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Google to License Motorola Patents, Ending FTC’s Antitrust Investigation

The "Googleplex" in Mountain View, California | Wikipedia

The “Googleplex” in Mountain View, California | Wikipedia

Google was able to ward off an antitrust investigation from the US Federal Trade Commission, as they agree to license certain patents to it mobile phone industry rivals like Apple. According to the commission, the search engine giant agreed to license “essential” patents to competitors, some of which were acquired in its acquisition of Motorola Mobility. As stated by FTC Chairman Jon Leibowitz:

The changes Google has agreed to make will ensure that consumers continue to reap the benefits of competition in the online marketplace and in the market for innovative wireless devices they enjoy. This was an incredibly thorough and careful investigation by the Commission, and the outcome is a strong and enforceable set of agreements.

Because of this, Google will not let competitors access to fair, reasonable and non-discriminatory patents that are integral for smartphones, tablets, laptops, and gaming consoles.

To sum it up, Google has agreed to take the following steps, as detailed by FTC:

  • Google will not seek injunctions to block rivals from using patents essential to key technologies.
  • Google will remove restrictions hampering advertiser’s management of their ad campaigns across competing ad platforms.

Flexible Ad Campaigns with Google’s AdWords

Aside from the essential patents, Google also agreed to give advertisers more flexibility to manage their ad campaigns on Google AdWords with other ad platforms. That’s because FTC found the search engine giant’s business practice stifling the competition in mobile device markets and online search advertising. As pointed out by the commission’s outside counsel, Beth Wilkinson:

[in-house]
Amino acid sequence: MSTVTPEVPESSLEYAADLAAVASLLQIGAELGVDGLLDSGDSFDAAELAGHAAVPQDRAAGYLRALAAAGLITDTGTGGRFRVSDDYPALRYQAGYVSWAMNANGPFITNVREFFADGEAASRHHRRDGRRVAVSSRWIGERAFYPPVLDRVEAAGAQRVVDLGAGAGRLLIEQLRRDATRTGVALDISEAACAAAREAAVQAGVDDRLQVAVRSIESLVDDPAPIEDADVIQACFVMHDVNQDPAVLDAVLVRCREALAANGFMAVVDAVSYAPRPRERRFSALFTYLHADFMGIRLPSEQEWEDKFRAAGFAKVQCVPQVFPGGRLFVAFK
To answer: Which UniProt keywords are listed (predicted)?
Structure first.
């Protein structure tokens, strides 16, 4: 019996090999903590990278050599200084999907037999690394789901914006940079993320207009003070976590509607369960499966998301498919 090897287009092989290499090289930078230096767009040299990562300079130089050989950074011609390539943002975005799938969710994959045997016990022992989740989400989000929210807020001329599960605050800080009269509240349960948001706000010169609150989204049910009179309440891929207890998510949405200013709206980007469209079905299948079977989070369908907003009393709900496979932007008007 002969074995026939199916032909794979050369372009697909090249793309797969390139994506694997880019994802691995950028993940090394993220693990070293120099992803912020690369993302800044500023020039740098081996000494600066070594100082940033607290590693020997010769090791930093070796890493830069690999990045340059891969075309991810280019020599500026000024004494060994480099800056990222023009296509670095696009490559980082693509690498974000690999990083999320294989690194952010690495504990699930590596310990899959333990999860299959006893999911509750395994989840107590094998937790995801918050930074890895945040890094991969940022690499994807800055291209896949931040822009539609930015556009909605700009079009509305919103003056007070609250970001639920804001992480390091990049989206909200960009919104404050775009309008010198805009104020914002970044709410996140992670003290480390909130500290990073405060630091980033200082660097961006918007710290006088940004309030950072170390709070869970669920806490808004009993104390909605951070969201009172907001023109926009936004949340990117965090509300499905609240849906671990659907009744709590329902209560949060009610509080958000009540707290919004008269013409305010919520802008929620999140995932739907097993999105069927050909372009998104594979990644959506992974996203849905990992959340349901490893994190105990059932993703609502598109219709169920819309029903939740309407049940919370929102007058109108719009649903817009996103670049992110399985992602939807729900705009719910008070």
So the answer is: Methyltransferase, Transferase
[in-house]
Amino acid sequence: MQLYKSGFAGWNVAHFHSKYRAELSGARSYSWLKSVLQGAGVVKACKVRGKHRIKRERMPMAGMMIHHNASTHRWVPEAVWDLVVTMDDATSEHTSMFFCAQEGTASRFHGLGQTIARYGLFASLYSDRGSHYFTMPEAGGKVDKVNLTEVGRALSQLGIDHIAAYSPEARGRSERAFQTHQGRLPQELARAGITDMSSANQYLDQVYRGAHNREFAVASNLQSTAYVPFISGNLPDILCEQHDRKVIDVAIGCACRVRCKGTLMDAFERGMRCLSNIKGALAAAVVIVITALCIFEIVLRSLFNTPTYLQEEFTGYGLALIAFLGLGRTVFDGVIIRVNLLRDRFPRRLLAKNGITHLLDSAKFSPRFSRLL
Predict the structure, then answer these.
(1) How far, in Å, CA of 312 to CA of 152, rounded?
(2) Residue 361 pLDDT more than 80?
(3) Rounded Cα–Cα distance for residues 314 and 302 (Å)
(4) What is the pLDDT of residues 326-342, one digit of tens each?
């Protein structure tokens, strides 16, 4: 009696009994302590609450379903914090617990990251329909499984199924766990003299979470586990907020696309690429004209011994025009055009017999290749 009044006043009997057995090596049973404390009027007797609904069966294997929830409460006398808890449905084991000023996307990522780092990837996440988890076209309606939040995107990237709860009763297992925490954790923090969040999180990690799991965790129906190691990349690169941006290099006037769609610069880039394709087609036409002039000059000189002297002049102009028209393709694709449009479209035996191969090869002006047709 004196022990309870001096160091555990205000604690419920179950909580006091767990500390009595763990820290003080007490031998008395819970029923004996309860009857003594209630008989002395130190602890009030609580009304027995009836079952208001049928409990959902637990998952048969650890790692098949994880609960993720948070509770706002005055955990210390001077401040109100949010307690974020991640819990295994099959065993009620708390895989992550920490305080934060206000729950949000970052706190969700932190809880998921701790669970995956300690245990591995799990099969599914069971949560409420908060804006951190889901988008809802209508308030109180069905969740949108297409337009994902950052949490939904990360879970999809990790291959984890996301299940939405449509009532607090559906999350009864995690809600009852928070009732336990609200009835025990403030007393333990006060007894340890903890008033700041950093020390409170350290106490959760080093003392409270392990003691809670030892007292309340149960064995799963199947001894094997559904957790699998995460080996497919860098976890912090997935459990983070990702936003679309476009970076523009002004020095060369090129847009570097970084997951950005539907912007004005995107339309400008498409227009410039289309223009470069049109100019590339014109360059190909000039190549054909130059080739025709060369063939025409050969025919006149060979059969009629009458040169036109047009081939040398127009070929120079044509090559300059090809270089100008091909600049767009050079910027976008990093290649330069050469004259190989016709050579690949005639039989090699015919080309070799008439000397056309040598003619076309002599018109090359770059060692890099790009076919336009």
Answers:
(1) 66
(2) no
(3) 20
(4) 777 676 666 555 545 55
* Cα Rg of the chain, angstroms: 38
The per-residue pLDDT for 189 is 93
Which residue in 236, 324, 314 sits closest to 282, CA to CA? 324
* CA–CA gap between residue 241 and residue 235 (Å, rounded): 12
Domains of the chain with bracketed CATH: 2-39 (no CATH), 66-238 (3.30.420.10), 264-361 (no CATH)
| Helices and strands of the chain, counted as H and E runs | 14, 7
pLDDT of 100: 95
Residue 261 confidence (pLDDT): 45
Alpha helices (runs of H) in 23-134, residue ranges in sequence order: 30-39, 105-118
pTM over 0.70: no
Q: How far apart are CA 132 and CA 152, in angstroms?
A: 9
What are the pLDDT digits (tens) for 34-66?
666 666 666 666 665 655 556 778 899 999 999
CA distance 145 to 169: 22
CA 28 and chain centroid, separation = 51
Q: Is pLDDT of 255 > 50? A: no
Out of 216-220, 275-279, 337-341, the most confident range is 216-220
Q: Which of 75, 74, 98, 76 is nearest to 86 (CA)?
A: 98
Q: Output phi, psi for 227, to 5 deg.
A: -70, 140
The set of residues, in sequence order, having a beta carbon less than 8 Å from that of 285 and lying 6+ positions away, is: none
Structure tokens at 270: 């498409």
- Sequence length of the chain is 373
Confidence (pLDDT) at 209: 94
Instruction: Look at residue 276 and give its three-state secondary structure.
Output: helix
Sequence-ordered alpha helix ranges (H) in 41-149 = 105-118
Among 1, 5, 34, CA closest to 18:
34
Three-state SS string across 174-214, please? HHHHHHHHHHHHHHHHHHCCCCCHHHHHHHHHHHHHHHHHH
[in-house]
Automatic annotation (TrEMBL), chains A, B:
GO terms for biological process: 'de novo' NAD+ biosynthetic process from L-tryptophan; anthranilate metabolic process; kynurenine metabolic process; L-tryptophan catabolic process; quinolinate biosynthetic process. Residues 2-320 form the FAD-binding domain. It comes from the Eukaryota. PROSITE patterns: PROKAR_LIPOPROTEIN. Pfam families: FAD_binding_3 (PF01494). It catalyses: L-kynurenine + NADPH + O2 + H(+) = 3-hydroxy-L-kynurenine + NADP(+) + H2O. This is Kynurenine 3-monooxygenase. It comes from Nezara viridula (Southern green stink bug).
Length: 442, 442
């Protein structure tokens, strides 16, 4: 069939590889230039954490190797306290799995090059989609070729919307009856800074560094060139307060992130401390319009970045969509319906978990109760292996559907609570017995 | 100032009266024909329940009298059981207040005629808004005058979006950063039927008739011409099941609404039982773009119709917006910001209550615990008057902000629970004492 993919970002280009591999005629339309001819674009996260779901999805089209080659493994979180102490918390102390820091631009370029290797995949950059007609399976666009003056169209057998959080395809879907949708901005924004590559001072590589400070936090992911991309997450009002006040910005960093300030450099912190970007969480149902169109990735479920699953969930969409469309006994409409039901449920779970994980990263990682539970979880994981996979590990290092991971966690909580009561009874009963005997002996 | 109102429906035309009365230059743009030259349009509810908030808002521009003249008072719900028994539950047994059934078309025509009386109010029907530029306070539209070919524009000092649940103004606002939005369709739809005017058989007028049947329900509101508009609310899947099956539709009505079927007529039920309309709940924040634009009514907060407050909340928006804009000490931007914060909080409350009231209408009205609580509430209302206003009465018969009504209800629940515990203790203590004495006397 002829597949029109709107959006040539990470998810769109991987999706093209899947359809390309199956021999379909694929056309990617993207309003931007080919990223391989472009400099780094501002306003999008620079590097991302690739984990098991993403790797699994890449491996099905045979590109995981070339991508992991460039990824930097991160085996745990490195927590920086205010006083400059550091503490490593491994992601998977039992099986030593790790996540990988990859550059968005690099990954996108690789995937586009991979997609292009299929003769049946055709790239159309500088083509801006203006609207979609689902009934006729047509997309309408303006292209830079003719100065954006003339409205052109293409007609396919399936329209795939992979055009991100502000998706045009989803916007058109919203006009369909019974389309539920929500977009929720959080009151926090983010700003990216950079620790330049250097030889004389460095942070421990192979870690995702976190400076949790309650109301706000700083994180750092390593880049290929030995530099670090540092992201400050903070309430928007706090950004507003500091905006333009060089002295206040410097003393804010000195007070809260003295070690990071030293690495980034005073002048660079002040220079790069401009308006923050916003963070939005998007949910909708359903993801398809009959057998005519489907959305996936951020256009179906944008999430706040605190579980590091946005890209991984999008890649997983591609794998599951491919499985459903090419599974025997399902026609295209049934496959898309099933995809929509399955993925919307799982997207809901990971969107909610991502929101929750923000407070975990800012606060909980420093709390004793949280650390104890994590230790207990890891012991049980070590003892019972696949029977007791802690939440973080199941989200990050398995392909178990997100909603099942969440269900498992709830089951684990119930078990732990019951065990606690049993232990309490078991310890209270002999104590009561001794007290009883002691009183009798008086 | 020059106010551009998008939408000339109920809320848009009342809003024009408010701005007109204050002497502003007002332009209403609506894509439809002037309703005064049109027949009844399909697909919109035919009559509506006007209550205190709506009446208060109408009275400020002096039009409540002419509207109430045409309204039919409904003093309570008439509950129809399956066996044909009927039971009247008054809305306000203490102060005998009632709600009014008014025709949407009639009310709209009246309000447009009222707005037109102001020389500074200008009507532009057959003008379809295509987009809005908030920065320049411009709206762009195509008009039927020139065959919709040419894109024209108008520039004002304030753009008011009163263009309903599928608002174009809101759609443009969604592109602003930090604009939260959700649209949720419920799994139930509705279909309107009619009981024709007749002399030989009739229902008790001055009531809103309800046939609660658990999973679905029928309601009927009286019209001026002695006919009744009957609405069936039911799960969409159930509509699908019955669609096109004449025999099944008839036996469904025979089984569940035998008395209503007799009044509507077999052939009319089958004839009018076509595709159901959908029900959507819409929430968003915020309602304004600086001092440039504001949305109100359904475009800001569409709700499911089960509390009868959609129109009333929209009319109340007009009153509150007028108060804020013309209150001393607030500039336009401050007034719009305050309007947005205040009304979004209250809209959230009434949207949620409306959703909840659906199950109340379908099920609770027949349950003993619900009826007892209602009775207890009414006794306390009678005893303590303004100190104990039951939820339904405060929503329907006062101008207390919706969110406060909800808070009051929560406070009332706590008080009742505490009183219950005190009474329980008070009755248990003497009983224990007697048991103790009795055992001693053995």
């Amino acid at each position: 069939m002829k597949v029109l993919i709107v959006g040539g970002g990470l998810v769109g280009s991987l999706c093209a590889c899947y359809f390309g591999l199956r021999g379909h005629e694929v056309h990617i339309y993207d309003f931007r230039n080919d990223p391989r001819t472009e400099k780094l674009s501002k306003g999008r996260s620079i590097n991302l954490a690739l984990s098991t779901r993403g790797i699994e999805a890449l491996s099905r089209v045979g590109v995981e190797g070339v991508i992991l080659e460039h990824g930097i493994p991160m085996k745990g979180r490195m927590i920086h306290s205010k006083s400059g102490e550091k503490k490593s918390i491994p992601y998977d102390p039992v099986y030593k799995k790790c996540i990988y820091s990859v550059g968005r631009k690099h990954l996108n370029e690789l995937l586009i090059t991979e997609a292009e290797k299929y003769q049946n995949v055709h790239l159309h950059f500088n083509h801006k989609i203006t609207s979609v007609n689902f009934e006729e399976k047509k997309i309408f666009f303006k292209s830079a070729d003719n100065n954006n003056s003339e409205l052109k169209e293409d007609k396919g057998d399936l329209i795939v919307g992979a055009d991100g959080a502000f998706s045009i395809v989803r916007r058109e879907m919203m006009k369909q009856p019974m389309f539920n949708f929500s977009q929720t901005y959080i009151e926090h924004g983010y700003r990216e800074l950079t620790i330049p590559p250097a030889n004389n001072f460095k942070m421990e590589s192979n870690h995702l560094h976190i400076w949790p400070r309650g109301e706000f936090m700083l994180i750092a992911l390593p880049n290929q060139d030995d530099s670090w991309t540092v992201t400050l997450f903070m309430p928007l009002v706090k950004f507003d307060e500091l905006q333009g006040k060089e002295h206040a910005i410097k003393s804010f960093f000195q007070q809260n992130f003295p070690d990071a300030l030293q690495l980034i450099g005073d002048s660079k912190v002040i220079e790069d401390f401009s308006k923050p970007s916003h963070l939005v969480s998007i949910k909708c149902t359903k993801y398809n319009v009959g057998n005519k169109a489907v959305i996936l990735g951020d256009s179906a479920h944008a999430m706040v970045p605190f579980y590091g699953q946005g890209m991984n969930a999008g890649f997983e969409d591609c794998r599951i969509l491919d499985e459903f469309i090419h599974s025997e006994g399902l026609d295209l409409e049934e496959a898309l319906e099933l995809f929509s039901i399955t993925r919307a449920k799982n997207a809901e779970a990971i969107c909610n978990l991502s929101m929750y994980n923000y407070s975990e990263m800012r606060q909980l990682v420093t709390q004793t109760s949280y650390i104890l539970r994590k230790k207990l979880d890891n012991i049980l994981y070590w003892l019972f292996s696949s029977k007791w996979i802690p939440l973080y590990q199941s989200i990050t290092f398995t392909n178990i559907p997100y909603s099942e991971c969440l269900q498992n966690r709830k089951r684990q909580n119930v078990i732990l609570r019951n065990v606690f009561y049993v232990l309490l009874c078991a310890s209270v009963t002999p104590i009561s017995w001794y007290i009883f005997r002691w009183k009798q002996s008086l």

The evidence FTC uncovered through this intensive investigation prompted us to require significant changes in Globe’s business practices. However, regarding the specific allegations that the company biased its search results to hurt competition, the evidence collected to date did not just justify legal action by the Commission.

Undoubtedly, Google took aggressive actions to gain advantage over rival search providers. However, the FTC’s mission is to protect competition, and not individual competitors. The evidence did not demonstrate that Google’s actions in this area stifled competition in violation of US law.

Prior to this, Google also ran into trouble with FTC last year for bypassing the settings in Apple’s Safari browser. The search engine giant agreed to pay $22.5 million fine for ignoring the Cupertino-based company’s security settings. The said security settings were designed to prevent advertisers from tracking users with cookies.

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